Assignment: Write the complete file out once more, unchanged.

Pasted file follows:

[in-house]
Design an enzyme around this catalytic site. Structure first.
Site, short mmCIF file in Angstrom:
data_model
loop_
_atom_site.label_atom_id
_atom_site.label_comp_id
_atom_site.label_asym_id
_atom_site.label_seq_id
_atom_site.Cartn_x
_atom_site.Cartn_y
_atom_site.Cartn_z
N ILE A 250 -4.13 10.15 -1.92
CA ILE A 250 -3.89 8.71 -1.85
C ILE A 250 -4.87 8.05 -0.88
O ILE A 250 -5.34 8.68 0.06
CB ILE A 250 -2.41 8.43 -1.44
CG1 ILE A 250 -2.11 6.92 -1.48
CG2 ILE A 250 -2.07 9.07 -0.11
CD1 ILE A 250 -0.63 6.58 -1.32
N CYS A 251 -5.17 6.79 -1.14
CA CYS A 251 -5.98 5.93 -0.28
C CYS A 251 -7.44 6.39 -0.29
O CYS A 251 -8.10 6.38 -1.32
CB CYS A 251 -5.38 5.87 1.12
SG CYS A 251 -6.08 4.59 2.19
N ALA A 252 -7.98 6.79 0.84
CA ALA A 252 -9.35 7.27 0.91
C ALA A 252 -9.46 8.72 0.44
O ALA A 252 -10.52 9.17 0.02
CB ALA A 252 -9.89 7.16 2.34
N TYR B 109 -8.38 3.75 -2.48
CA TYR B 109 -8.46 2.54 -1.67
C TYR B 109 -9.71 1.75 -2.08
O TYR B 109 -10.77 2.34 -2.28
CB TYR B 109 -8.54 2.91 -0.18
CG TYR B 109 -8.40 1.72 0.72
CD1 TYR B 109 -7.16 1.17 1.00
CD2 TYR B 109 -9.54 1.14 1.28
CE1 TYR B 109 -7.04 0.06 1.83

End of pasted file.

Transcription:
[in-house]
Design an enzyme around this catalytic site. Structure first.
Site, short mmCIF file in Angstrom:
data_model
loop_
_atom_site.label_atom_id
_atom_site.label_comp_id
_atom_site.label_asym_id
_atom_site.label_seq_id
_atom_site.Cartn_x
_atom_site.Cartn_y
_atom_site.Cartn_z
N ILE A 250 -4.13 10.15 -1.92
CA ILE A 250 -3.89 8.71 -1.85
C ILE A 250 -4.87 8.05 -0.88
O ILE A 250 -5.34 8.68 0.06
CB ILE A 250 -2.41 8.43 -1.44
CG1 ILE A 250 -2.11 6.92 -1.48
CG2 ILE A 250 -2.07 9.07 -0.11
CD1 ILE A 250 -0.63 6.58 -1.32
N CYS A 251 -5.17 6.79 -1.14
CA CYS A 251 -5.98 5.93 -0.28
C CYS A 251 -7.44 6.39 -0.29
O CYS A 251 -8.10 6.38 -1.32
CB CYS A 251 -5.38 5.87 1.12
SG CYS A 251 -6.08 4.59 2.19
N ALA A 252 -7.98 6.79 0.84
CA ALA A 252 -9.35 7.27 0.91
C ALA A 252 -9.46 8.72 0.44
O ALA A 252 -10.52 9.17 0.02
CB ALA A 252 -9.89 7.16 2.34
N TYR B 109 -8.38 3.75 -2.48
CA TYR B 109 -8.46 2.54 -1.67
C TYR B 109 -9.71 1.75 -2.08
O TYR B 109 -10.77 2.34 -2.28
CB TYR B 109 -8.54 2.91 -0.18
CG TYR B 109 -8.40 1.72 0.72
CD1 TYR B 109 -7.16 1.17 1.00
CD2 TYR B 109 -9.54 1.14 1.28
CE1 TYR B 109 -7.04 0.06 1.83